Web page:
A nail house is a neologism used in China to refer to homes that belong to residents who are reluctant to move in order to create space for the development of real estate. The residents are referred to as “stubborn nails.” One of the major reasons why the "stubborn nails" refuse to move is they find the compensation insufficient. Despite their refusal, real estate development continues anyways. As a result, their houses are left uniquely standing out, and hence referred to as “nail houses.”
Private ownership of real estate property in China was abolished during the Communist era. Since then, real estate is officially owned by the central government. However, individuals can purchase a leasehold on a property in China, which can range from 40-70 years. Since the government determines what happens to property depending on the national interests, private citizens could be forced out of their homes as long as it is in the interest of the public. In the late 1990s, private developers started venturing into the construction of hotels, private property, and shopping malls in urban areas that were densely populated. Their engagement in real estate development was stirred up by free markets and a strong Chinese economy. The residents who lived in these construction sites were offered low compensation and were displaced. Residents who resisted were forced out by court orders, corrupt local officers, or scared away by hired thugs. A private property law was passed in March 2007 by the government of Peoples Republic of China, which made it illegal for the government to take land unless it was considered to be of significant public interest. This law made strengthened the position of those who owned nail houses.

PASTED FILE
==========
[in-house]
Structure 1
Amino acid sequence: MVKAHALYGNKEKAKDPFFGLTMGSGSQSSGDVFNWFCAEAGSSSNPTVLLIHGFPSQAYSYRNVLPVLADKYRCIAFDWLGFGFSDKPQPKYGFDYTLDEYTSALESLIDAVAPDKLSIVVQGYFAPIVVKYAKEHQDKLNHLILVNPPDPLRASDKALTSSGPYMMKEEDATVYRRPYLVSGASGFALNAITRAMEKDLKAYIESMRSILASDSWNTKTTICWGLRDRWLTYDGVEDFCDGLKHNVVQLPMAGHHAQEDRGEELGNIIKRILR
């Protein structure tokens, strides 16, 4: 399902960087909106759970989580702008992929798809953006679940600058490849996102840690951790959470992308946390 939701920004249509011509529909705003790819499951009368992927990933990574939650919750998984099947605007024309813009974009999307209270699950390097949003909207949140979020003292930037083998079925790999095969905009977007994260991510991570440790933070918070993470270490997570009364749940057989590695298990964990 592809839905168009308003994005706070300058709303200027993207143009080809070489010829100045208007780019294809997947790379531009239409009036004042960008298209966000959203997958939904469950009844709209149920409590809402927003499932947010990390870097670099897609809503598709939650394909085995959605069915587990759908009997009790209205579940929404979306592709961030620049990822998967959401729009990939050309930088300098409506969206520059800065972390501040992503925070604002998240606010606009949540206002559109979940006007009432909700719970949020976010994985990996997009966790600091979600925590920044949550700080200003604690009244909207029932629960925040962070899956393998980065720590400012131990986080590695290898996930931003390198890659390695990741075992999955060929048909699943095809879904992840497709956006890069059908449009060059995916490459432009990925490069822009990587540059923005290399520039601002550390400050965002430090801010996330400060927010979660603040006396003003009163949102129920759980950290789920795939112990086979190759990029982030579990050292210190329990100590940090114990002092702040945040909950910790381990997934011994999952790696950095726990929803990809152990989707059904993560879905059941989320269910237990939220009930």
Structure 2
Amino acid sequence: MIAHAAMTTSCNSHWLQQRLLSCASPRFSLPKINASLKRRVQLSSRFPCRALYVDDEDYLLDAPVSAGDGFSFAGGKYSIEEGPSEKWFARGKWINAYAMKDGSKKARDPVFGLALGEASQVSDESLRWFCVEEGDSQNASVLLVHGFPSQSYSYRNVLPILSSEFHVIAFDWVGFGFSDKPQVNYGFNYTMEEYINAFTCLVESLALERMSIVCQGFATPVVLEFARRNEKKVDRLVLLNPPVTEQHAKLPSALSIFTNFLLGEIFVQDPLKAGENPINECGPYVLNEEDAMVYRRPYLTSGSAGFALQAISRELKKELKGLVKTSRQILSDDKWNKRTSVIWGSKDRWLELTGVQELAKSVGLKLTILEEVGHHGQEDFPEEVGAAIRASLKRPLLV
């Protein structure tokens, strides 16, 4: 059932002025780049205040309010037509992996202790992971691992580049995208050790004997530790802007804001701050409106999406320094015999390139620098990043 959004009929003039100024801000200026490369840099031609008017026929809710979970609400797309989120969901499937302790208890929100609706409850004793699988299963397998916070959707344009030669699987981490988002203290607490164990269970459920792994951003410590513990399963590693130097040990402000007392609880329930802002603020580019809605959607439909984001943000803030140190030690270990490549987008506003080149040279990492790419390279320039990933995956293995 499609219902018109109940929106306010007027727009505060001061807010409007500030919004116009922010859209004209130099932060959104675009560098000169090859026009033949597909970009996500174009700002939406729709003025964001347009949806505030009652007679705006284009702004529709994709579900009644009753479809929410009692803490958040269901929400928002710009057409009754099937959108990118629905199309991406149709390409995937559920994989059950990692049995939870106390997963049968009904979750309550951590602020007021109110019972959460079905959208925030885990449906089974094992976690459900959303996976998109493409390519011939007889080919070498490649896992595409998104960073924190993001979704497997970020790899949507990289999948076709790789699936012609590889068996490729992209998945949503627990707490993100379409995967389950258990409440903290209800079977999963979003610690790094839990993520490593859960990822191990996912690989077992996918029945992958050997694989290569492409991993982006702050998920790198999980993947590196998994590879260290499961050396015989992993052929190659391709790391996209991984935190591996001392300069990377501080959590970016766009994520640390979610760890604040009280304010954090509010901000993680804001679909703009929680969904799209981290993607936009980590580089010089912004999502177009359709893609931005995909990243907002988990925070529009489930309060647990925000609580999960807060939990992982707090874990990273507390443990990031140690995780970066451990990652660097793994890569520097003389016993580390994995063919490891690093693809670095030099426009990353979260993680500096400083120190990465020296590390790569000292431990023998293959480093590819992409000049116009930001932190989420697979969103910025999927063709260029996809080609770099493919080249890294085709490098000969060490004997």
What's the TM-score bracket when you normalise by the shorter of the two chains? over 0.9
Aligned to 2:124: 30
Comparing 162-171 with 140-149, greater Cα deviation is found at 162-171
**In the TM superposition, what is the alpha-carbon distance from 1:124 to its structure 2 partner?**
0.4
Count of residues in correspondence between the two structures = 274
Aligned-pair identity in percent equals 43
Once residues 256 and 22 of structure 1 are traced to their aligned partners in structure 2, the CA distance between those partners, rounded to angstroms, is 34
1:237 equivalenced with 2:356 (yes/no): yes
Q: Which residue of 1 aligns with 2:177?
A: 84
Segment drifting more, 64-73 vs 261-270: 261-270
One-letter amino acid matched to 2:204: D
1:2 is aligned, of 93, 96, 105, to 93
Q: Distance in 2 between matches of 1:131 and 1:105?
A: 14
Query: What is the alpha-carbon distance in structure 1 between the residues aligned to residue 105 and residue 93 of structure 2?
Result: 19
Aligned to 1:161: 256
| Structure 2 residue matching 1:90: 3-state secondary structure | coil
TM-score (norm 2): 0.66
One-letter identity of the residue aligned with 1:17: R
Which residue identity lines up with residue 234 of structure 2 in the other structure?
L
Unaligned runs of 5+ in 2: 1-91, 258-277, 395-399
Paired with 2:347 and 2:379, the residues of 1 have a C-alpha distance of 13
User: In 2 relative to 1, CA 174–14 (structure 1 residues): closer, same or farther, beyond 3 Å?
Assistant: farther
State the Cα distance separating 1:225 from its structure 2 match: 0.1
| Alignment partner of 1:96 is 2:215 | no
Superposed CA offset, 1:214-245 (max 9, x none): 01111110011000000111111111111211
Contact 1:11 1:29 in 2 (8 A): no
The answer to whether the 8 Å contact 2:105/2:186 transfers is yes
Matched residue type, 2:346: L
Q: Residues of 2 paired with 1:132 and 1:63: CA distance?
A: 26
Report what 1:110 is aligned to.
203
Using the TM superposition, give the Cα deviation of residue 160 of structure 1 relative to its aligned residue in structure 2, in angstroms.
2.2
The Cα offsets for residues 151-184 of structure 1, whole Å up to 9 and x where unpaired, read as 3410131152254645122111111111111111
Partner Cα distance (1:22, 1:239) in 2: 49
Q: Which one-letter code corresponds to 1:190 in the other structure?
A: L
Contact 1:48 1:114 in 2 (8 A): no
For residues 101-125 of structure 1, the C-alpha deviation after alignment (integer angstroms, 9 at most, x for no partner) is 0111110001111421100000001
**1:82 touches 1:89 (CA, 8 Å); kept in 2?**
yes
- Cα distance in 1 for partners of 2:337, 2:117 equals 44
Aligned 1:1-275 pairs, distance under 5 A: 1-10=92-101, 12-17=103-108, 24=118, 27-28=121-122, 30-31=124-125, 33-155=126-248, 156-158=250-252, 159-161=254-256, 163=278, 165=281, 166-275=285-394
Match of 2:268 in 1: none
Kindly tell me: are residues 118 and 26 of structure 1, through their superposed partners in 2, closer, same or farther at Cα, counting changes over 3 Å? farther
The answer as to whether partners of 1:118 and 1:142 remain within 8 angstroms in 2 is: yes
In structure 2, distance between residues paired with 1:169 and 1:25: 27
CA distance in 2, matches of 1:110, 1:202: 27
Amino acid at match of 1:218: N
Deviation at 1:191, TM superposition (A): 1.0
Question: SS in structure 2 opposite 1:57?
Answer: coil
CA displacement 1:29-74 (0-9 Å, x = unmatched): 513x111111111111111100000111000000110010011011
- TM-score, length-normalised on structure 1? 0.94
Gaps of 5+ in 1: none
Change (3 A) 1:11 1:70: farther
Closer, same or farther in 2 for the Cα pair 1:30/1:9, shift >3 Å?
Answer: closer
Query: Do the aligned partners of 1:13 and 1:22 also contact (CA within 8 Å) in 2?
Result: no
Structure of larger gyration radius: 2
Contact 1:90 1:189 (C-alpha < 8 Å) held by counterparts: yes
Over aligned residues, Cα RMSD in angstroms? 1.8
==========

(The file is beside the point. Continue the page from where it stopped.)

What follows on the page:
A nail house existed at a “snack street” in Chongqing. The owners of the house refused to relocate to allow for the construction of a six-story shopping mall. According to the family, they had lived in the home for three generations. Despite intimidation, such as denying them water and electrical utilities, the owner refused to vacate the land. The owner of the nail house threatened to attack anyone who attempted to evict him. In 2007, the owners eventually agreed to a certain level of compensation after previously refusing an offer of 3.5 million Chinese yuan ($453,000 USD).
Another nail house is found in Changsha. The owner refused to take a lump sum of compensation, and a mall was built around the house. Currently, the Changsha nail house is situated in the mall’s courtyard. Another nail house belonging to an elderly couple can be spotted in Wenling, Zhejiang Province. The nail house is now situated in the middle of a new road, after refusing to vacate the land while the government built the road leading to a train station. However, in 2012, the couple accepted a compensation of $41,000 and vacated the property.
Nail houses received a lot of publicity in the Chinese media. For instance, a blogger referred to the Chongqing nail house as the “coolest nail house in history.” The became a national sensation, and was was pick up by every media outlet. However, the government banned newspapers from reporting the incident.
About the Author
Sharon is a Kenyan native with a wide range of interests. An accountant and financial analyst by profession, Sharon enjoys writing about world facts, the environment, society, politics, and more.
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